“Hydroxychloroquine and chloroquine have not been shown to be safe and effective for treating or preventing COVID-19,” the FDA states on its website. “They are being studied in clinical trials for COVID-19, and we authorized their temporary use during the pandemic for treatment of the virus in hospitalized patients when clinical trials are not available.”
The FDA’s authorization of their temporary use came through an Emergency Use Authorization, and the drug was supplied to the state from the Strategic National Stockpile.
Haskins also clarified in the email that COVID-19 patients can still be prescribed hydroxychloroquine if they, in conjunction with their doctor or health care provider, decide on the treatment.
Noem said the reason she doesn’t know whether a special legislative session is necessary is because the state receives “continued guidance” from the U.S. Department of the Treasury that details how they can utilize the $1.25 billion the state received from Congress in the stimulus bill.
“As they give us more guidance on how those dollars can be spent, we’re learning that we’re getting a little bit more flexibility in how we can utilize the funds. We’re finding we may be able to use some funds and replenish them with federal dollars later on,” Noem said.
Noem said none of the $1.25 billion had been spent yet, as the state waits on more guidance.
“They seem pretty firm in making sure that they don’t want to bail out states for previous over-budgeting or overspending practices,” she said. “We have asked for flexibility to be accountable on dates that could show the virus has impacted the state of South Dakota and prove revenue shortfalls based on prior performance, and they are very open to having that conversation.”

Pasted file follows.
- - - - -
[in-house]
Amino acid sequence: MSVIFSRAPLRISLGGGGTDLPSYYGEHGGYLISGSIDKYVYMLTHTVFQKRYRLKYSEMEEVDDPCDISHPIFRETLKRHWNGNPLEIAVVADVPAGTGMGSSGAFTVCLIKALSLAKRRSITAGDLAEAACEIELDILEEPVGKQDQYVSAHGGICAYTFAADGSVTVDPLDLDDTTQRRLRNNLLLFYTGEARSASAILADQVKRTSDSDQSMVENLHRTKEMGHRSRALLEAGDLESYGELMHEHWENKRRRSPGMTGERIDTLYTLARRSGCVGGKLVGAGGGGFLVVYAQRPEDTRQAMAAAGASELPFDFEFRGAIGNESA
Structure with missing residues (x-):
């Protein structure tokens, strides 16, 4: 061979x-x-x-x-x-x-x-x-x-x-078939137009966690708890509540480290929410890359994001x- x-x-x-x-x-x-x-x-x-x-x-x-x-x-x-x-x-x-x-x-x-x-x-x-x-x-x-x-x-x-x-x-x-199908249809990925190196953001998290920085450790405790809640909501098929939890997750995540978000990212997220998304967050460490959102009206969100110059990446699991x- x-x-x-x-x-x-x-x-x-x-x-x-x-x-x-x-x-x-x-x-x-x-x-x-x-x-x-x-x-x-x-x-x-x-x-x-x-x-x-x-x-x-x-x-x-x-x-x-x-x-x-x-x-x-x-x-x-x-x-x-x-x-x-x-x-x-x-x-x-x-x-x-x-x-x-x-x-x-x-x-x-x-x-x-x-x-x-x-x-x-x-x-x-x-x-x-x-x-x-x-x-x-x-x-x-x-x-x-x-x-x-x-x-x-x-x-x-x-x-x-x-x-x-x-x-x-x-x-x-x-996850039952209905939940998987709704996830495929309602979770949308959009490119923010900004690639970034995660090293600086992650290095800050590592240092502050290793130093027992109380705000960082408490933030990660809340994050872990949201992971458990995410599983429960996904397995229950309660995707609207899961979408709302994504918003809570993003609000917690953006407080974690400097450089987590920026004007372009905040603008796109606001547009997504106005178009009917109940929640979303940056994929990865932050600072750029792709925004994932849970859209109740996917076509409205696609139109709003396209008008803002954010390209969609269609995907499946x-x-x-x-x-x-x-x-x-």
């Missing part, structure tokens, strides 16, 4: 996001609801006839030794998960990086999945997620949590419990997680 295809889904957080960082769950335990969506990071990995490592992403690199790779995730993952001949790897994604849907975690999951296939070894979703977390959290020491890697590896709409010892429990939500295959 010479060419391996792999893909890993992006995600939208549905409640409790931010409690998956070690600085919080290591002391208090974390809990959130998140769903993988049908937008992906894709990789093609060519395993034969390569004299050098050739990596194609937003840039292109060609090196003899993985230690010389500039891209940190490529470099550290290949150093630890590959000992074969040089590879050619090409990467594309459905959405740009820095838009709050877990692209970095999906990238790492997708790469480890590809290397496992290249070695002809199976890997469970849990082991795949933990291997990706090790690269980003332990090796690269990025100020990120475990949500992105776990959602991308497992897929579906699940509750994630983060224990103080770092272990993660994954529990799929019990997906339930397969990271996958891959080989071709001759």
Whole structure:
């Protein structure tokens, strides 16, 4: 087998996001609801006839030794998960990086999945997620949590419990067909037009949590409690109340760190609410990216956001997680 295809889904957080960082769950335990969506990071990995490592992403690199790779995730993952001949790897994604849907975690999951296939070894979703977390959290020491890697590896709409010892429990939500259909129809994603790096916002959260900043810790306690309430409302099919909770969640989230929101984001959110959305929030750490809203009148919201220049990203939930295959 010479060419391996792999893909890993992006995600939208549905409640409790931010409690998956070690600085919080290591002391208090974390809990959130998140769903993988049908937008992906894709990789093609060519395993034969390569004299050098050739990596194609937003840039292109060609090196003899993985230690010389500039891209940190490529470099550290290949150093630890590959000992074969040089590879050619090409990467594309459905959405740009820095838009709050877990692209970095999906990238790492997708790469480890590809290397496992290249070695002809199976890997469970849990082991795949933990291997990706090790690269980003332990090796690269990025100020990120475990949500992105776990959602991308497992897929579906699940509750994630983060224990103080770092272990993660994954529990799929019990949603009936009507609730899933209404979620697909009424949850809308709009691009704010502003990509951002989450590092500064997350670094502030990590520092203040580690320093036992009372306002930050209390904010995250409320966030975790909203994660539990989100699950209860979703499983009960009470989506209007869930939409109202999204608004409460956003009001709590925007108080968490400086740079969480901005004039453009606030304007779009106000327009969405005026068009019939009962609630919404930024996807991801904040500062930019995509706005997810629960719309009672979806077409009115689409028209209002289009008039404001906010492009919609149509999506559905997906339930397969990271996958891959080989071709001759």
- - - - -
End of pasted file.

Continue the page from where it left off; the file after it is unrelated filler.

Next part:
May 3 to 9 is National Travel and Tourism Week. Noem noted Wednesday that tourism looks a little different this year as the COVID-19 pandemic goes on.
Noem said Wednesday that this is usually the time of year when the state prepares visitor centers.
She also said Wednesday that the tourism industry needs support from the state and encouraged South Dakotans to welcome visitors from outside of the state in the future.
“When people are ready to travel after the virus spread slows down, South Dakota welcomes visitors,” Noem said Thursday. “We’ll be ready to ramp back up and be prepared to have people come here, bring their families and enjoy our outdoor spaces.”
When asked if she wears a mask, Noem said Thursday that she does have masks but that she hasn’t been at public events with a large number of people where it’s been necessary to wear one.